By the end of the book, another world war has begun, and I do want to see how Paul and his friends and family will fare. I will be reading the third book in the trilogy, The Green Gauntlet, but after that I’m looking forward to leaving the Sorrel Valley behind and trying some of Delderfield’s other novels – probably beginning with the one I already have on my shelf, Farewell the Tranquil Mind.

This is book 9/20 of my 20 Books of Summer.

Mata Hari by Michelle Moran

So far my feelings about Michelle Moran’s novels have been very mixed. Cleopatra’s Daughter was interesting, but felt too light and insubstantial, The Second Empress was much better, but I had one or two problems again with Rebel Queen. I had hoped Mata Hari (also published as Mata Hari’s Last Dance) would be another good one, but unfortunately it turned out to be my least favourite of the four that I’ve read.

Before I read this book, all I knew about Mata Hari was that she was an exotic dancer who was accused of spying during the First World War. I felt sure that she must have been a fascinating woman and I was looking forward to learning more about her. And I did learn a lot from this novel. Mata Hari narrates her story (fictional, but based on fact) in her own words and tells us all about her dancing career, her experiences of life in European cities such as Paris and Berlin, and her many romantic relationships, including several with military personnel which led to her being accused of passing secrets to Germany.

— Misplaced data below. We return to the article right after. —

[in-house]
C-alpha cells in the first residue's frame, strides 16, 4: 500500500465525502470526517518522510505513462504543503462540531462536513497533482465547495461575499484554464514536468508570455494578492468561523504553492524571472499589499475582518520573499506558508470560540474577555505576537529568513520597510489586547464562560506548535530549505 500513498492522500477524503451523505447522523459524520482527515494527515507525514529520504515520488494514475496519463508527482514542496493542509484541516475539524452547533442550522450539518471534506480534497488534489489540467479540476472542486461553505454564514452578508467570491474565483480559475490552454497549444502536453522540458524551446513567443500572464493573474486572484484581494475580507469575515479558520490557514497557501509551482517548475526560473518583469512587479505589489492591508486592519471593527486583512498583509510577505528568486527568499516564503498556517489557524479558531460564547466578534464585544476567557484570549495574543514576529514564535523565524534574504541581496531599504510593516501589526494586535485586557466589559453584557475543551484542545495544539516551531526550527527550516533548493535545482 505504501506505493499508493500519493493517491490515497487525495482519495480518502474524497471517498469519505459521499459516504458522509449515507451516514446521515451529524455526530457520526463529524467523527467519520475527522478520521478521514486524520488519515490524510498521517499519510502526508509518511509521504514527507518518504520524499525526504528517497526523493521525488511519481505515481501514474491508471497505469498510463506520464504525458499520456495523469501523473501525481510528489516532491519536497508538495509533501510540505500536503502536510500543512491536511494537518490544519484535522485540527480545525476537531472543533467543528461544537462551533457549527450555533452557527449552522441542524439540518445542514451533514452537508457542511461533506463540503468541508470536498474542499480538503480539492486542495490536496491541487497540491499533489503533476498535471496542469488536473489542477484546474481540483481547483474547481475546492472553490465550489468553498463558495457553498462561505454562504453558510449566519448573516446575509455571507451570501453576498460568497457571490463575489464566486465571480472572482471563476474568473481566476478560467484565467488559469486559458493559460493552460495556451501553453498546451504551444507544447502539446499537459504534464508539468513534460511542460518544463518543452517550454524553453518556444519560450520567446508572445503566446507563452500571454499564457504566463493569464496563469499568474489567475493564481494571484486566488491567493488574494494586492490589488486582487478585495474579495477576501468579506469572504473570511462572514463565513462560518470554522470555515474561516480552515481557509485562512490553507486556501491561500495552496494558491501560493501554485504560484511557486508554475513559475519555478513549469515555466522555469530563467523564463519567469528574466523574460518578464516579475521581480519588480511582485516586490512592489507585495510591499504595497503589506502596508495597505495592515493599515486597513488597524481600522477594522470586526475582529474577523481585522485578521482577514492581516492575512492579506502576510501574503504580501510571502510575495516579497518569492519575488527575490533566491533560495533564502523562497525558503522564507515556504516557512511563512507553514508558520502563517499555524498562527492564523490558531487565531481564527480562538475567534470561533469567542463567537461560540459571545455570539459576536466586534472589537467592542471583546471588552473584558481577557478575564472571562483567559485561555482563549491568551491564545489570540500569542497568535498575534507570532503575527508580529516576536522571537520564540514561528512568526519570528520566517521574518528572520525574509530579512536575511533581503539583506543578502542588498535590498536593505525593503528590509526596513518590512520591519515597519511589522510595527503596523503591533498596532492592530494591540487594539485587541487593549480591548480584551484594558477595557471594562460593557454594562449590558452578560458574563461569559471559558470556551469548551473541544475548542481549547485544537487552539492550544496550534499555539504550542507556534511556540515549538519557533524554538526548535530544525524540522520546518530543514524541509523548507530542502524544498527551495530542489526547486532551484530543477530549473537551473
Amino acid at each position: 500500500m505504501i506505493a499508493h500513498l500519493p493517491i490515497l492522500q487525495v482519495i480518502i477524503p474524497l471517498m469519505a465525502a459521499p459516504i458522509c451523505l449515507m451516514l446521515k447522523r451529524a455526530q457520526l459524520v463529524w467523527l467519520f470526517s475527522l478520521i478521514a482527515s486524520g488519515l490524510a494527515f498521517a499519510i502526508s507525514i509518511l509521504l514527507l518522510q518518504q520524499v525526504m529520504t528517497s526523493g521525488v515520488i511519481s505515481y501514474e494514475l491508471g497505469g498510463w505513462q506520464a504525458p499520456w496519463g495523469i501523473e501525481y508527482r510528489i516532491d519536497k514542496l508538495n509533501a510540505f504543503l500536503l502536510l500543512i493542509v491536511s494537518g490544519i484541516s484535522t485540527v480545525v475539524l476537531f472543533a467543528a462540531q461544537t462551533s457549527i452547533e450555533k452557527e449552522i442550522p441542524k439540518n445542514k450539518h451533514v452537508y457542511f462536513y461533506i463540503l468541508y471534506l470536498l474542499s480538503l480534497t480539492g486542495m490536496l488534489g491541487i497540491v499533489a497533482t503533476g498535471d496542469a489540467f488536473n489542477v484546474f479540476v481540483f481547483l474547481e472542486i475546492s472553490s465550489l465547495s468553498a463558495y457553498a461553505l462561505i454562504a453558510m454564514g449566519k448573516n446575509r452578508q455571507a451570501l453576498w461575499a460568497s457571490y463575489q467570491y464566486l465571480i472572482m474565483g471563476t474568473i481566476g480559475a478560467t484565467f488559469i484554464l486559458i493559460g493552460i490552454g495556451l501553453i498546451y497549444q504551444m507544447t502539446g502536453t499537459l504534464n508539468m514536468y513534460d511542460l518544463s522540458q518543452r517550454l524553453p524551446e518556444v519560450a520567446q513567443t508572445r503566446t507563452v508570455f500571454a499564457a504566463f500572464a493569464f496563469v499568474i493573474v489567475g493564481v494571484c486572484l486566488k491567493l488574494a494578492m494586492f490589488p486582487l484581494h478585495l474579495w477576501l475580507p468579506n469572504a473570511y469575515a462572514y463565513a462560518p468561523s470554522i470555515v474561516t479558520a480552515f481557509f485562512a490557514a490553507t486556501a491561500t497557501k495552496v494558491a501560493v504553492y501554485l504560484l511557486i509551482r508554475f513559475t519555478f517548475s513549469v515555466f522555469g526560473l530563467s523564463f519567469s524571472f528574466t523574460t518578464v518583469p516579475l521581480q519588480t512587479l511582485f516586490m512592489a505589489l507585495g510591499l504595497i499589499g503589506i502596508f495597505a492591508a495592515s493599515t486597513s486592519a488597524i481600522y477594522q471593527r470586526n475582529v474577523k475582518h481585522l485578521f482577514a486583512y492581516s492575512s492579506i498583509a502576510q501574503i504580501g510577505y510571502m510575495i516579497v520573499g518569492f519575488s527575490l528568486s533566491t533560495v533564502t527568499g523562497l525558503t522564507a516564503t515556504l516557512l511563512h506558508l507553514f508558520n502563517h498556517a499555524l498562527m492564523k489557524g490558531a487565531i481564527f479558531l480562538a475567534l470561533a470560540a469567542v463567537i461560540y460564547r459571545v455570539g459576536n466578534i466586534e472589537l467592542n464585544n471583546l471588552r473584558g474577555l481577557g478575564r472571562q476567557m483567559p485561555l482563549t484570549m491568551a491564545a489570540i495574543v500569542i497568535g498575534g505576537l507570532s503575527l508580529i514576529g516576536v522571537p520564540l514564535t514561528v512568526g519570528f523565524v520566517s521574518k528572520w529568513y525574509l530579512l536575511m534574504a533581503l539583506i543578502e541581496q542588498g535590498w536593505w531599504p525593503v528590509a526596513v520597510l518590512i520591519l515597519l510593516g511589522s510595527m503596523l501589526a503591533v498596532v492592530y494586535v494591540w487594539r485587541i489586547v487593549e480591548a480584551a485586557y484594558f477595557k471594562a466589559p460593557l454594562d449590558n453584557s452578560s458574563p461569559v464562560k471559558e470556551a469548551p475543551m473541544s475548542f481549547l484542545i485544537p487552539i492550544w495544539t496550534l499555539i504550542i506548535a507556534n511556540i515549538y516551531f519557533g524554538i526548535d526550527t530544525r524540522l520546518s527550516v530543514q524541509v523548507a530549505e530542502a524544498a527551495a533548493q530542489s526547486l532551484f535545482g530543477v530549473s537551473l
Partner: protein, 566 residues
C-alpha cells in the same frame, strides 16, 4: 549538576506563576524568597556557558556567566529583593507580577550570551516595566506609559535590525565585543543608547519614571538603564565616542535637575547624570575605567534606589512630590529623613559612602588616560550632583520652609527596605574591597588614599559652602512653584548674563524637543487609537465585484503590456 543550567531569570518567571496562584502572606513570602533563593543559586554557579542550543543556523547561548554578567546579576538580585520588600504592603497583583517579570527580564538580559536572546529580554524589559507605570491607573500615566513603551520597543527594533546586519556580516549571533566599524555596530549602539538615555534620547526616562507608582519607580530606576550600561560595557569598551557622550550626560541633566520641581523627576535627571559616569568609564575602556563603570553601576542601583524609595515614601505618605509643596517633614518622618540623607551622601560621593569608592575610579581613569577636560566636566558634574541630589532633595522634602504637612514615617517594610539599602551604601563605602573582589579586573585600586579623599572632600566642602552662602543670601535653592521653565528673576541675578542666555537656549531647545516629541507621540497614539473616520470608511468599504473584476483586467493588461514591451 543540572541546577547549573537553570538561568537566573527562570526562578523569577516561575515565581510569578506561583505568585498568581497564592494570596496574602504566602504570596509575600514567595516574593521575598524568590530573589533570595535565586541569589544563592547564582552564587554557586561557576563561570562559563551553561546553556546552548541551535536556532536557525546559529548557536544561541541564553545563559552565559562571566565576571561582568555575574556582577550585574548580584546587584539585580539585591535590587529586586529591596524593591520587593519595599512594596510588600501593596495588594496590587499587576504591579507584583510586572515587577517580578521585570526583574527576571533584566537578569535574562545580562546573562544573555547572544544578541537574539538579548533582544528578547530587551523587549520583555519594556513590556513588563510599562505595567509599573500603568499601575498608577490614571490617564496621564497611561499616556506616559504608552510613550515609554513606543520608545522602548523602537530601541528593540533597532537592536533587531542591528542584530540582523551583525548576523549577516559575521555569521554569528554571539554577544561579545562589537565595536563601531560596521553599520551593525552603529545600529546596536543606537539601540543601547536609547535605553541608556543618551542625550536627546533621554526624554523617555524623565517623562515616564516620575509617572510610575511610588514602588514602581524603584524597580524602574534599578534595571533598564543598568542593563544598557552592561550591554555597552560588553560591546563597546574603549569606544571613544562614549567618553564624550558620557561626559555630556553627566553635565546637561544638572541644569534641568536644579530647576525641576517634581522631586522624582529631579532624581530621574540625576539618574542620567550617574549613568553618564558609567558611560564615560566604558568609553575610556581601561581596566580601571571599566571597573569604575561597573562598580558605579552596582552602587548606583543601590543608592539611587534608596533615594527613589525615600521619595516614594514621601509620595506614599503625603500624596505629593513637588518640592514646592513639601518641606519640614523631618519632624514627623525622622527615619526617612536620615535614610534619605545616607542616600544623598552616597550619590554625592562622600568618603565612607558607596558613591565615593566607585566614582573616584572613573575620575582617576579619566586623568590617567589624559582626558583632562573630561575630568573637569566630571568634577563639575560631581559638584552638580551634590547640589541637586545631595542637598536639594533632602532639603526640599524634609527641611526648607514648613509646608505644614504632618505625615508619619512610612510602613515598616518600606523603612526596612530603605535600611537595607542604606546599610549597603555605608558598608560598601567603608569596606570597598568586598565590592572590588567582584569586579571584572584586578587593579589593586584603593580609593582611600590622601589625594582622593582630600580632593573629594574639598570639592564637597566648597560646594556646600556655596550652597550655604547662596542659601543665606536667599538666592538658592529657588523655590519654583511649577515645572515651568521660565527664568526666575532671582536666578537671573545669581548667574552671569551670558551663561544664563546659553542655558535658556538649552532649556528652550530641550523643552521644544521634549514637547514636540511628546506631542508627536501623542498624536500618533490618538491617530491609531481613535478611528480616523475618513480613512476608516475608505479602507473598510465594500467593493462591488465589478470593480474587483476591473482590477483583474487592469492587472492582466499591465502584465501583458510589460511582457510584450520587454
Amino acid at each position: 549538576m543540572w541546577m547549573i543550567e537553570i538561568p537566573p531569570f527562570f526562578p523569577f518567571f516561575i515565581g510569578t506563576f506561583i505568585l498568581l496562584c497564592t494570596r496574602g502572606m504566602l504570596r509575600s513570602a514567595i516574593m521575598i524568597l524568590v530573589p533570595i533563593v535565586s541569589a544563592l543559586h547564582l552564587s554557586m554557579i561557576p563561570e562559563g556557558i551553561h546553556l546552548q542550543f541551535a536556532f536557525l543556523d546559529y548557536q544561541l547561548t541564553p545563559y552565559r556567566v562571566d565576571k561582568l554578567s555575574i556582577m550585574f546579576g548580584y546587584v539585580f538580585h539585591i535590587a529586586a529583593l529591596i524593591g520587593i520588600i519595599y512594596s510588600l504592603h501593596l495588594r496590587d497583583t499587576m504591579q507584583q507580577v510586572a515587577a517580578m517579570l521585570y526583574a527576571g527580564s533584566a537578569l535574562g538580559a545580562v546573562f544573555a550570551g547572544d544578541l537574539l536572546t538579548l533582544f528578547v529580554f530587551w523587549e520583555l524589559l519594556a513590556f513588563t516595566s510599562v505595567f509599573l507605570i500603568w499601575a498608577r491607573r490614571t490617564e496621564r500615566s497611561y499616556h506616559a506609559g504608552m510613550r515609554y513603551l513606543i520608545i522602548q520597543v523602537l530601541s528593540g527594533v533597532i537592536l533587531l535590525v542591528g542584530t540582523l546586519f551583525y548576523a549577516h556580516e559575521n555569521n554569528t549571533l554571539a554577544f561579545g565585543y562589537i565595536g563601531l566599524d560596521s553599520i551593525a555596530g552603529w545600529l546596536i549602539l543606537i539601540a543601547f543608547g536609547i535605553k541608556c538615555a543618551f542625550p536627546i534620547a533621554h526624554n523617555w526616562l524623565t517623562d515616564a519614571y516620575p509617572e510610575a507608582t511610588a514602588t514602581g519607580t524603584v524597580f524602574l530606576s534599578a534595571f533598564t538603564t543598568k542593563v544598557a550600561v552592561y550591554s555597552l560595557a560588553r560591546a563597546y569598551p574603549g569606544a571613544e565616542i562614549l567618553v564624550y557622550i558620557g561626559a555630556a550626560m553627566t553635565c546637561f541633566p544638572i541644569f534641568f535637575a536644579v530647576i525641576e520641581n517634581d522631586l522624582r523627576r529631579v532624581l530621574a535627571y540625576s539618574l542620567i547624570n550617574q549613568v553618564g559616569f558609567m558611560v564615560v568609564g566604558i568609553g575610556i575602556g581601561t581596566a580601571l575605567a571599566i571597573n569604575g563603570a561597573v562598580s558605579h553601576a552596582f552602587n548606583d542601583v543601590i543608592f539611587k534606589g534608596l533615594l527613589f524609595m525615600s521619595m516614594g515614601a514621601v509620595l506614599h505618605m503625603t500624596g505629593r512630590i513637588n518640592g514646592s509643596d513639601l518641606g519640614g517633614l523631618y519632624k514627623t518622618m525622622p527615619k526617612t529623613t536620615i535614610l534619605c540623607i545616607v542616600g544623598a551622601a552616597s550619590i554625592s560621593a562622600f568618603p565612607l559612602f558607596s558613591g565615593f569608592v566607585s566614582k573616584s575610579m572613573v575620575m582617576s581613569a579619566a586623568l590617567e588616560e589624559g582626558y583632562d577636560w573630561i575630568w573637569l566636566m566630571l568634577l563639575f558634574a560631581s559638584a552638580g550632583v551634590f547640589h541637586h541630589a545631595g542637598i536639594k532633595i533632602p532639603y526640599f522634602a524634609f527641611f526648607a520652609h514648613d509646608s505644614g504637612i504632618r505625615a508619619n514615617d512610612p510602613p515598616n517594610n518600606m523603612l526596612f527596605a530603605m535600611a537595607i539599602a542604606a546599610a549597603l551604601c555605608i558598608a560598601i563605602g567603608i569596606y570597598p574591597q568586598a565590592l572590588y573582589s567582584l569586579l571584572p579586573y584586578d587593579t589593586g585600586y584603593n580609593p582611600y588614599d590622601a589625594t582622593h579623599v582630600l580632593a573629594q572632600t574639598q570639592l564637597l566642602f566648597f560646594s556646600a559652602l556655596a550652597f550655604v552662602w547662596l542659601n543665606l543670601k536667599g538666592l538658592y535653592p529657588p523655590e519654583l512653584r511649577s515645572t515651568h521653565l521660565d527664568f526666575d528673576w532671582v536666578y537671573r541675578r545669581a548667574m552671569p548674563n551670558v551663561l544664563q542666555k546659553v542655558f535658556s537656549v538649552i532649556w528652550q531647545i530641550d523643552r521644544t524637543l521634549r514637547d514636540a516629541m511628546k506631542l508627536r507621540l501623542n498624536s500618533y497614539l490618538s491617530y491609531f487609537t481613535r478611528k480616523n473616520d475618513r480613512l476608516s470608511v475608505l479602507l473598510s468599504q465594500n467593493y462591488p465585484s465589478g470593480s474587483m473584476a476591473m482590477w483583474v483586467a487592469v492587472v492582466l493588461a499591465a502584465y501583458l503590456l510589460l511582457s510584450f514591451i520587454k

However, I wanted to get to know the woman behind the newspaper headlines and the seductive costumes – Margaretha Zelle, or M’greet as she is called in the novel – and although she does confide in us now and then about her childhood in the Netherlands (she did not come from an Indian background, as she tried to claim), her time in Java during her unhappy marriage to Rudolf MacLeod and her heartbreak at the loss of her children, I never felt very close to Mata Hari and didn’t gain a very good understanding of the person she really was.

The one aspect of Mata Hari’s life that Moran does successfully capture is her loneliness; I didn’t like her and had very little sympathy for her as she seemed so immature and selfish, but I could see that she was not a happy person and that her character had been shaped by her earlier experiences. The descriptions of Mata Hari’s various dances are also well done, particularly one that she performs with a live snake while dressed as Cleopatra. The novel is strangely lacking in period detail, though, and apart from the obvious references to the war and to other famous people of the time – her rival dancer, Isadora Duncan, for example – I didn’t feel that there was much sense of time or place at all.